In Part 1, we learned about the symptoms and treatment for canine parvovirus, canine distemper, Lyme disease, and kennel cough. In Part 2 let’s get to know more about canine influenza, heartworm disease, rabies, and kidney disease.
Canine influenza, also known as dog flu, is a respiratory disease caused by the influenza A virus.
- Runny nose
- Loss of appetite
- Difficulty breathing
If you suspect that your dog has canine influenza, it is important to take them to the veterinarian for diagnosis and treatment.
- Rest: Your dog needs rest to recover from the illness, so keep them in a warm, comfortable place with plenty of water.
- Medications: Your veterinarian may prescribe antibiotics to prevent a secondary bacterial infection, antiviral drugs to help control the virus, or cough suppressants to help alleviate coughing.
- Fluids: Your dog may be dehydrated, so it is important to ensure that they are drinking enough water.
- Isolation: To prevent the spread of the virus, keep your dog away from other dogs for at least 3-4 weeks or until your veterinarian tells you it is safe to reintroduce them to other dogs.
- Vaccination: There are vaccines available for both strains of the canine influenza virus. Consult your veterinarian to determine whether vaccination is recommended for your dog.
In summary, if you suspect your dog has canine influenza, seek veterinary attention as soon as possible. With proper treatment and care, most dogs recover fully from this illness.
Heartworm disease is a potentially fatal condition, which is caused by a parasitic worm called Dirofilaria immitis. The disease is spread through the bites of infected mosquitoes and can affect dogs, cats, and other animals.
- Shortness of breath
- Weight loss
- Reduced appetite
- Swollen belly
If you suspect that your pet may have heartworm disease, you should seek veterinary attention as soon as possible.
- Stabilization: Before starting treatment, your veterinarian may need to stabilize your pet with medications to address any symptoms such as coughing or difficulty breathing.
- Immiticide injections: Immiticide is a medication that is injected into the muscle to kill adult heartworms in the heart and lungs.
- Antibiotics: Antibiotics may be prescribed to help prevent secondary infections as the heartworms begin to break down.
- Strict rest: During treatment, your pet will need to be kept as calm and inactive as possible to avoid complications.
- Follow-up: Your veterinarian will likely want to re-test your pet for heartworms several months after treatment to ensure that the worms have been completely eliminated.
Prevention is crucial when it comes to heartworm disease, and there are a variety of preventative medications available for dogs and cats. Talk to your veterinarian about the best way to protect your pet from heartworm disease.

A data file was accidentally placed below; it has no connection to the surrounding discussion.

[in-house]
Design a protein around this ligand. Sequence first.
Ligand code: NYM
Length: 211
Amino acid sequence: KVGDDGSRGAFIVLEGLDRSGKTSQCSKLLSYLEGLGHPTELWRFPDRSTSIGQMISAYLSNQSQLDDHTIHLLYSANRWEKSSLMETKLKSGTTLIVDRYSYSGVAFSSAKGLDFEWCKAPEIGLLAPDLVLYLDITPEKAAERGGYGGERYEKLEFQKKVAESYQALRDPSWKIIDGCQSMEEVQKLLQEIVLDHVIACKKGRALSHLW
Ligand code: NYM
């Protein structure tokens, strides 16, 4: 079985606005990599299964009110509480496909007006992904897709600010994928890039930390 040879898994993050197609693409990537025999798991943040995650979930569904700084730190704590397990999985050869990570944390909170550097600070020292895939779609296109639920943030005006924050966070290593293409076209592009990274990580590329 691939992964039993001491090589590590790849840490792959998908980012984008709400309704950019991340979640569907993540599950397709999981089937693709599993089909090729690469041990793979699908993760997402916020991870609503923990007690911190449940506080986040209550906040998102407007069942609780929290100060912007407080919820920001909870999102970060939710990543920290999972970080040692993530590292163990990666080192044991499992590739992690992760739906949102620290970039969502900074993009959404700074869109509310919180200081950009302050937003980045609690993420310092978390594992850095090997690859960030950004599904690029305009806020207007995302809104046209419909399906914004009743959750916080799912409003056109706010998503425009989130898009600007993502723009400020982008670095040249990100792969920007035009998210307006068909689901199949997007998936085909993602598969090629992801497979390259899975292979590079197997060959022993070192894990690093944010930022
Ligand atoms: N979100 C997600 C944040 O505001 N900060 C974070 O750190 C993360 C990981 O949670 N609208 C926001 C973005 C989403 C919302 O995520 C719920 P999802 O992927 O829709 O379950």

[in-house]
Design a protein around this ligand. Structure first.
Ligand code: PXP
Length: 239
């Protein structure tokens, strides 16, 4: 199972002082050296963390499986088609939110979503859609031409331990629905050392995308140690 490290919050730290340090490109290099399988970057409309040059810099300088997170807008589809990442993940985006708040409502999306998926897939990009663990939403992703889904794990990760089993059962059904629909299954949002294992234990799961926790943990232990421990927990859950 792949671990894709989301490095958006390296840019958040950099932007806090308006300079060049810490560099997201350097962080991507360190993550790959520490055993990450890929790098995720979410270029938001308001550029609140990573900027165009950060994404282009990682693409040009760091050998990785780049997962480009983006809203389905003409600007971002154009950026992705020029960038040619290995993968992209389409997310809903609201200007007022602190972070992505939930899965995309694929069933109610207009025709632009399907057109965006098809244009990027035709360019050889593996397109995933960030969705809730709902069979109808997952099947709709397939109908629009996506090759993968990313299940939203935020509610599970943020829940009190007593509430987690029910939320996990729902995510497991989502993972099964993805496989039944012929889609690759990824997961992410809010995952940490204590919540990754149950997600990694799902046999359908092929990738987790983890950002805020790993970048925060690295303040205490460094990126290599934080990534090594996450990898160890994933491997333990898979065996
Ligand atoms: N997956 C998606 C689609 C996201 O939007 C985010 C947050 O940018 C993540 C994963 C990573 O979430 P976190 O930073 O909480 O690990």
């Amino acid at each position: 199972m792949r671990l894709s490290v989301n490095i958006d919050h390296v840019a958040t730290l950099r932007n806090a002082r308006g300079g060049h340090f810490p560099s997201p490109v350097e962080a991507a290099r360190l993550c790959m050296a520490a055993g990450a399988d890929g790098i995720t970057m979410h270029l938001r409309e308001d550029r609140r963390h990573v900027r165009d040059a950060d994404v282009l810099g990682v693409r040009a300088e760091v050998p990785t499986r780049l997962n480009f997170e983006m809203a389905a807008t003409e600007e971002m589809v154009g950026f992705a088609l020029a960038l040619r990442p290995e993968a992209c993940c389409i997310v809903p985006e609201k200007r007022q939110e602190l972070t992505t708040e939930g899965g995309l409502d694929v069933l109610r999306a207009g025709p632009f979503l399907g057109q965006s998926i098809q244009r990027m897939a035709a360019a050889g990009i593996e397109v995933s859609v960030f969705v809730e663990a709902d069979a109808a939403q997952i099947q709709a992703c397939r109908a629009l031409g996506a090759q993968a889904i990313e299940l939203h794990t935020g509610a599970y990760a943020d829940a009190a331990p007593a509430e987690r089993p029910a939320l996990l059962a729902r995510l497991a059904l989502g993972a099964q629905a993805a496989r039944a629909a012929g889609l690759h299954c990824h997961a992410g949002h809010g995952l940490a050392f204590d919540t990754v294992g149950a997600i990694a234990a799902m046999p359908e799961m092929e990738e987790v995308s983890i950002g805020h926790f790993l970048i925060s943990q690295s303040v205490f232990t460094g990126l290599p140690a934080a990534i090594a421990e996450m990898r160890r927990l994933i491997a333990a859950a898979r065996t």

Rabies is a viral infection that affects the central nervous system, primarily transmitted through the bite of an infected animal. The virus infects the brain and spinal cord, causing inflammation and damage that can ultimately be fatal if left untreated.
Symptoms of rabies usually appear within a few weeks to a few months after exposure to the virus. The initial symptoms of rabies can be similar to flu-like symptoms, such as fever, headache, fatigue, and muscle weakness. As the disease progresses, symptoms can include:
- Anxiety, agitation, or confusion
- Difficulty swallowing or excessive drooling
- Partial paralysis
- Sensitivity to light, sound, and touch
- Uncontrolled movements
Once symptoms appear, there is no known cure for rabies. Therefore, it is essential to seek medical attention immediately if you have been bitten by an animal or have had close contact with a wild animal that may have rabies.
Treatment for rabies usually involves a series of injections with rabies vaccine and rabies immunoglobulin, which helps to stimulate the immune system to fight the virus. If given before symptoms appear, these injections can prevent the disease from developing. However, once symptoms have begun, the disease is usually fatal.
In addition to seeking medical attention, taking steps to prevent exposure to the virus is also important. This includes avoiding contact with wild animals, vaccinating pets against rabies, and seeking medical attention promptly if you are bitten or scratched by an animal.
Kidney disease in dogs can manifest in a variety of ways, and the symptoms can range from mild to severe.
- Increased thirst and urination
- Loss of appetite
- Weight loss
- Vomiting and diarrhea
- Bad breath
- Weakness and lethargy
- Urinary tract infections
If you suspect that your dog may be suffering from kidney disease, it is important to take them to the vet as soon as possible. The veterinarian will likely perform blood tests, urinalysis, and other diagnostic tests to determine the extent of the disease.
- Medications: The veterinarian may prescribe medications to help control blood pressure, reduce inflammation, and manage symptoms such as vomiting and diarrhea.
- Fluid therapy: This involves administering fluids intravenously to help flush out toxins and support kidney function.
- Diet changes: Dogs with kidney disease may need to be placed on a special low-protein diet to help reduce the workload on the kidneys.
- Management of underlying conditions: If the kidney disease is caused by an underlying condition, such as diabetes or high blood pressure, managing that condition may also help to manage the kidney disease.
- Dialysis: In severe cases, dialysis may be necessary to help remove waste products from the blood and support kidney function.
It is important to note that kidney disease in dogs is a serious condition and may not be curable, but with proper treatment and management, many dogs can live long and healthy life.